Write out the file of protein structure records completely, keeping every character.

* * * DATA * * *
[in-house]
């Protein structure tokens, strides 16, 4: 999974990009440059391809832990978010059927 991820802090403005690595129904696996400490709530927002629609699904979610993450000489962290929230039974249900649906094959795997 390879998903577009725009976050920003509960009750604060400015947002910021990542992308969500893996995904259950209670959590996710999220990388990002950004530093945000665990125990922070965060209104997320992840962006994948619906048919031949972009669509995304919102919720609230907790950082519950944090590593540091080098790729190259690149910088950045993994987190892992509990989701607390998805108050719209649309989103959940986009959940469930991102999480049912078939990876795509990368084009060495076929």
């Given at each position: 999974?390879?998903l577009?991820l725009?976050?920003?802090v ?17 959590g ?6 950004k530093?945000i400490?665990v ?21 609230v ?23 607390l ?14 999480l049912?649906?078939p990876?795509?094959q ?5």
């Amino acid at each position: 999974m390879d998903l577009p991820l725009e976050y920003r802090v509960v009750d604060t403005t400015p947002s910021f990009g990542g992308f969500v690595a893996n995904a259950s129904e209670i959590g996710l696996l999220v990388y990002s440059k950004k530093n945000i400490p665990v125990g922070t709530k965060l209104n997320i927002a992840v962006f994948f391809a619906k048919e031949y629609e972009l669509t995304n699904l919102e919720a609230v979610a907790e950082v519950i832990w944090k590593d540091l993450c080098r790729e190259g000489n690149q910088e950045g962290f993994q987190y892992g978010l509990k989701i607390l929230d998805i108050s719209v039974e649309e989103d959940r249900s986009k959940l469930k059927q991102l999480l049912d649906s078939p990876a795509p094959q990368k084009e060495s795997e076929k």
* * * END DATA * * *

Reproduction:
[in-house]
């Protein structure tokens, strides 16, 4: 999974990009440059391809832990978010059927 991820802090403005690595129904696996400490709530927002629609699904979610993450000489962290929230039974249900649906094959795997 390879998903577009725009976050920003509960009750604060400015947002910021990542992308969500893996995904259950209670959590996710999220990388990002950004530093945000665990125990922070965060209104997320992840962006994948619906048919031949972009669509995304919102919720609230907790950082519950944090590593540091080098790729190259690149910088950045993994987190892992509990989701607390998805108050719209649309989103959940986009959940469930991102999480049912078939990876795509990368084009060495076929």
């Given at each position: 999974?390879?998903l577009?991820l725009?976050?920003?802090v ?17 959590g ?6 950004k530093?945000i400490?665990v ?21 609230v ?23 607390l ?14 999480l049912?649906?078939p990876?795509?094959q ?5």
């Amino acid at each position: 999974m390879d998903l577009p991820l725009e976050y920003r802090v509960v009750d604060t403005t400015p947002s910021f990009g990542g992308f969500v690595a893996n995904a259950s129904e209670i959590g996710l696996l999220v990388y990002s440059k950004k530093n945000i400490p665990v125990g922070t709530k965060l209104n997320i927002a992840v962006f994948f391809a619906k048919e031949y629609e972009l669509t995304n699904l919102e919720a609230v979610a907790e950082v519950i832990w944090k590593d540091l993450c080098r790729e190259g000489n690149q910088e950045g962290f993994q987190y892992g978010l509990k989701i607390l929230d998805i108050s719209v039974e649309e989103d959940r249900s986009k959940l469930k059927q991102l999480l049912d649906s078939p990876a795509p094959q990368k084009e060495s795997e076929k």